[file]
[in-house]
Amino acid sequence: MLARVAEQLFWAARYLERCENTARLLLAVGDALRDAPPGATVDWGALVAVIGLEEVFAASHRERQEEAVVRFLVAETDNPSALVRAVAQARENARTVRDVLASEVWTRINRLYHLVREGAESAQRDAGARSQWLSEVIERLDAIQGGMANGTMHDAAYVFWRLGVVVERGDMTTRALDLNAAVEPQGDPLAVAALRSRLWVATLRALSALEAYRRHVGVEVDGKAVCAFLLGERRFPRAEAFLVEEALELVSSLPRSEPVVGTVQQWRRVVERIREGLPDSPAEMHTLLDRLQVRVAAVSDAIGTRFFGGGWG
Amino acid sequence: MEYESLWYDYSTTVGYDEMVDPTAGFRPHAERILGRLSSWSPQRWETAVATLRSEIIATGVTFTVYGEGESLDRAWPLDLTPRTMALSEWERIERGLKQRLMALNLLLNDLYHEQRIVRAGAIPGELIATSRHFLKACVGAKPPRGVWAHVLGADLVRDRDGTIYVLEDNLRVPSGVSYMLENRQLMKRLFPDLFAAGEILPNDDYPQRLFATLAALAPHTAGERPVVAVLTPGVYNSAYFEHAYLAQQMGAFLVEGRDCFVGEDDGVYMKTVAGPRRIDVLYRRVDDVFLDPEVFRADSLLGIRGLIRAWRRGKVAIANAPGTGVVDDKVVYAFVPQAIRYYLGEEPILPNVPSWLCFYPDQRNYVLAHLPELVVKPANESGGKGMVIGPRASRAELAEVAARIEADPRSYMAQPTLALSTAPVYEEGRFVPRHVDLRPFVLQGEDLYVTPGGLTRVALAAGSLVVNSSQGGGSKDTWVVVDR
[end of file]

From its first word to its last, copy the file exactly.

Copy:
[in-house]
Amino acid sequence: MLARVAEQLFWAARYLERCENTARLLLAVGDALRDAPPGATVDWGALVAVIGLEEVFAASHRERQEEAVVRFLVAETDNPSALVRAVAQARENARTVRDVLASEVWTRINRLYHLVREGAESAQRDAGARSQWLSEVIERLDAIQGGMANGTMHDAAYVFWRLGVVVERGDMTTRALDLNAAVEPQGDPLAVAALRSRLWVATLRALSALEAYRRHVGVEVDGKAVCAFLLGERRFPRAEAFLVEEALELVSSLPRSEPVVGTVQQWRRVVERIREGLPDSPAEMHTLLDRLQVRVAAVSDAIGTRFFGGGWG
Amino acid sequence: MEYESLWYDYSTTVGYDEMVDPTAGFRPHAERILGRLSSWSPQRWETAVATLRSEIIATGVTFTVYGEGESLDRAWPLDLTPRTMALSEWERIERGLKQRLMALNLLLNDLYHEQRIVRAGAIPGELIATSRHFLKACVGAKPPRGVWAHVLGADLVRDRDGTIYVLEDNLRVPSGVSYMLENRQLMKRLFPDLFAAGEILPNDDYPQRLFATLAALAPHTAGERPVVAVLTPGVYNSAYFEHAYLAQQMGAFLVEGRDCFVGEDDGVYMKTVAGPRRIDVLYRRVDDVFLDPEVFRADSLLGIRGLIRAWRRGKVAIANAPGTGVVDDKVVYAFVPQAIRYYLGEEPILPNVPSWLCFYPDQRNYVLAHLPELVVKPANESGGKGMVIGPRASRAELAEVAARIEADPRSYMAQPTLALSTAPVYEEGRFVPRHVDLRPFVLQGEDLYVTPGGLTRVALAAGSLVVNSSQGGGSKDTWVVVDR